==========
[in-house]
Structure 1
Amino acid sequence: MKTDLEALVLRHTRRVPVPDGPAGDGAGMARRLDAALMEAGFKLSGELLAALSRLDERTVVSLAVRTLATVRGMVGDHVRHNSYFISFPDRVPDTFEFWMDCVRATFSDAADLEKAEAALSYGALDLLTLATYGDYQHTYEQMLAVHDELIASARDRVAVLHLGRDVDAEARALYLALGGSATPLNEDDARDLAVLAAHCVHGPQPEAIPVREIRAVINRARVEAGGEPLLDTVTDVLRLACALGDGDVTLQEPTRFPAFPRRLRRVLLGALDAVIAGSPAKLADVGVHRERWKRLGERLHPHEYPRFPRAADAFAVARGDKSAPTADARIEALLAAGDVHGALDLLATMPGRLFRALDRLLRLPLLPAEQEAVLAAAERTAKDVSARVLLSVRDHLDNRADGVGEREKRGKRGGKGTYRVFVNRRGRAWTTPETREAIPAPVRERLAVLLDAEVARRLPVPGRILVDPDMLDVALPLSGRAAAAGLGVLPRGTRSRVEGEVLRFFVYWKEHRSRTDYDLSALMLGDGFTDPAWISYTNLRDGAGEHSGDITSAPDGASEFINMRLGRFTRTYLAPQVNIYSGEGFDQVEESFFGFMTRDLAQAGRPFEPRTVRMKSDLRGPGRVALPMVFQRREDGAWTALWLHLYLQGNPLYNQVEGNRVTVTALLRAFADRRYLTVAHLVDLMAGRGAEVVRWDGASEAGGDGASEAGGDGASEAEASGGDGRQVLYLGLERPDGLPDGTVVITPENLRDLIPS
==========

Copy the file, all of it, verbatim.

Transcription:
[in-house]
Structure 1
Amino acid sequence: MKTDLEALVLRHTRRVPVPDGPAGDGAGMARRLDAALMEAGFKLSGELLAALSRLDERTVVSLAVRTLATVRGMVGDHVRHNSYFISFPDRVPDTFEFWMDCVRATFSDAADLEKAEAALSYGALDLLTLATYGDYQHTYEQMLAVHDELIASARDRVAVLHLGRDVDAEARALYLALGGSATPLNEDDARDLAVLAAHCVHGPQPEAIPVREIRAVINRARVEAGGEPLLDTVTDVLRLACALGDGDVTLQEPTRFPAFPRRLRRVLLGALDAVIAGSPAKLADVGVHRERWKRLGERLHPHEYPRFPRAADAFAVARGDKSAPTADARIEALLAAGDVHGALDLLATMPGRLFRALDRLLRLPLLPAEQEAVLAAAERTAKDVSARVLLSVRDHLDNRADGVGEREKRGKRGGKGTYRVFVNRRGRAWTTPETREAIPAPVRERLAVLLDAEVARRLPVPGRILVDPDMLDVALPLSGRAAAAGLGVLPRGTRSRVEGEVLRFFVYWKEHRSRTDYDLSALMLGDGFTDPAWISYTNLRDGAGEHSGDITSAPDGASEFINMRLGRFTRTYLAPQVNIYSGEGFDQVEESFFGFMTRDLAQAGRPFEPRTVRMKSDLRGPGRVALPMVFQRREDGAWTALWLHLYLQGNPLYNQVEGNRVTVTALLRAFADRRYLTVAHLVDLMAGRGAEVVRWDGASEAGGDGASEAGGDGASEAEASGGDGRQVLYLGLERPDGLPDGTVVITPENLRDLIPS